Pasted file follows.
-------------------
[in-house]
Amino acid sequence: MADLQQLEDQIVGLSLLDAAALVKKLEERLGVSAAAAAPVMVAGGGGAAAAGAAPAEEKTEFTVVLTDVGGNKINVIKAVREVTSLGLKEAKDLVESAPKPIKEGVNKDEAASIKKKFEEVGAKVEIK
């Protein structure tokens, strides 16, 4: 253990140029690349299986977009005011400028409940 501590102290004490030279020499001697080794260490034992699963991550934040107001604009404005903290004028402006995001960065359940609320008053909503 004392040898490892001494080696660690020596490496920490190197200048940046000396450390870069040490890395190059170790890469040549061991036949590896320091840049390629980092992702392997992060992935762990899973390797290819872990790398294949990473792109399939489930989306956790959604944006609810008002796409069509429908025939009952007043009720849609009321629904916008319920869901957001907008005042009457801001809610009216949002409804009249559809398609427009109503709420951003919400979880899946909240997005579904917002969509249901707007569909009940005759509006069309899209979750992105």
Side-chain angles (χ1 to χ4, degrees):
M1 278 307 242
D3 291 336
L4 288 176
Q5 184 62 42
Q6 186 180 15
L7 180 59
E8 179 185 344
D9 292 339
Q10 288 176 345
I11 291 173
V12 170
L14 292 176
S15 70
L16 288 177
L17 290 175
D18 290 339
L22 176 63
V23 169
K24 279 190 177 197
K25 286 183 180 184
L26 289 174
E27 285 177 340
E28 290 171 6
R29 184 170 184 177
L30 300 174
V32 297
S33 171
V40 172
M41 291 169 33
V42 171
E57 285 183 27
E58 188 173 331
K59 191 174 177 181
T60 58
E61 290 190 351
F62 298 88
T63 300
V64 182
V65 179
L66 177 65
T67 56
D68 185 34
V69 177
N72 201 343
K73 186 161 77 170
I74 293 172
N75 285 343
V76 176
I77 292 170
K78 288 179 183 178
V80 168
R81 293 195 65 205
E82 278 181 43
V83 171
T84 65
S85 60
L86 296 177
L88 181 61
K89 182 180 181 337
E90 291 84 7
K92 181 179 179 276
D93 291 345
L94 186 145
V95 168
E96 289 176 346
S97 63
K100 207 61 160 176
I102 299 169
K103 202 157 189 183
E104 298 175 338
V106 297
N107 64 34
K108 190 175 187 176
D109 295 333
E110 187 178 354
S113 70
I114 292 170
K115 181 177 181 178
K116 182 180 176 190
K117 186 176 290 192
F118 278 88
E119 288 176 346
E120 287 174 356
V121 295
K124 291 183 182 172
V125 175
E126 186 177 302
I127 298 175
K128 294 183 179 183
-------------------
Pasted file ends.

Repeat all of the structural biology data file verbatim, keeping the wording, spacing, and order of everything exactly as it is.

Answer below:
[in-house]
Amino acid sequence: MADLQQLEDQIVGLSLLDAAALVKKLEERLGVSAAAAAPVMVAGGGGAAAAGAAPAEEKTEFTVVLTDVGGNKINVIKAVREVTSLGLKEAKDLVESAPKPIKEGVNKDEAASIKKKFEEVGAKVEIK
């Protein structure tokens, strides 16, 4: 253990140029690349299986977009005011400028409940 501590102290004490030279020499001697080794260490034992699963991550934040107001604009404005903290004028402006995001960065359940609320008053909503 004392040898490892001494080696660690020596490496920490190197200048940046000396450390870069040490890395190059170790890469040549061991036949590896320091840049390629980092992702392997992060992935762990899973390797290819872990790398294949990473792109399939489930989306956790959604944006609810008002796409069509429908025939009952007043009720849609009321629904916008319920869901957001907008005042009457801001809610009216949002409804009249559809398609427009109503709420951003919400979880899946909240997005579904917002969509249901707007569909009940005759509006069309899209979750992105």
Side-chain angles (χ1 to χ4, degrees):
M1 278 307 242
D3 291 336
L4 288 176
Q5 184 62 42
Q6 186 180 15
L7 180 59
E8 179 185 344
D9 292 339
Q10 288 176 345
I11 291 173
V12 170
L14 292 176
S15 70
L16 288 177
L17 290 175
D18 290 339
L22 176 63
V23 169
K24 279 190 177 197
K25 286 183 180 184
L26 289 174
E27 285 177 340
E28 290 171 6
R29 184 170 184 177
L30 300 174
V32 297
S33 171
V40 172
M41 291 169 33
V42 171
E57 285 183 27
E58 188 173 331
K59 191 174 177 181
T60 58
E61 290 190 351
F62 298 88
T63 300
V64 182
V65 179
L66 177 65
T67 56
D68 185 34
V69 177
N72 201 343
K73 186 161 77 170
I74 293 172
N75 285 343
V76 176
I77 292 170
K78 288 179 183 178
V80 168
R81 293 195 65 205
E82 278 181 43
V83 171
T84 65
S85 60
L86 296 177
L88 181 61
K89 182 180 181 337
E90 291 84 7
K92 181 179 179 276
D93 291 345
L94 186 145
V95 168
E96 289 176 346
S97 63
K100 207 61 160 176
I102 299 169
K103 202 157 189 183
E104 298 175 338
V106 297
N107 64 34
K108 190 175 187 176
D109 295 333
E110 187 178 354
S113 70
I114 292 170
K115 181 177 181 178
K116 182 180 176 190
K117 186 176 290 192
F118 278 88
E119 288 176 346
E120 287 174 356
V121 295
K124 291 183 182 172
V125 175
E126 186 177 302
I127 298 175
K128 294 183 179 183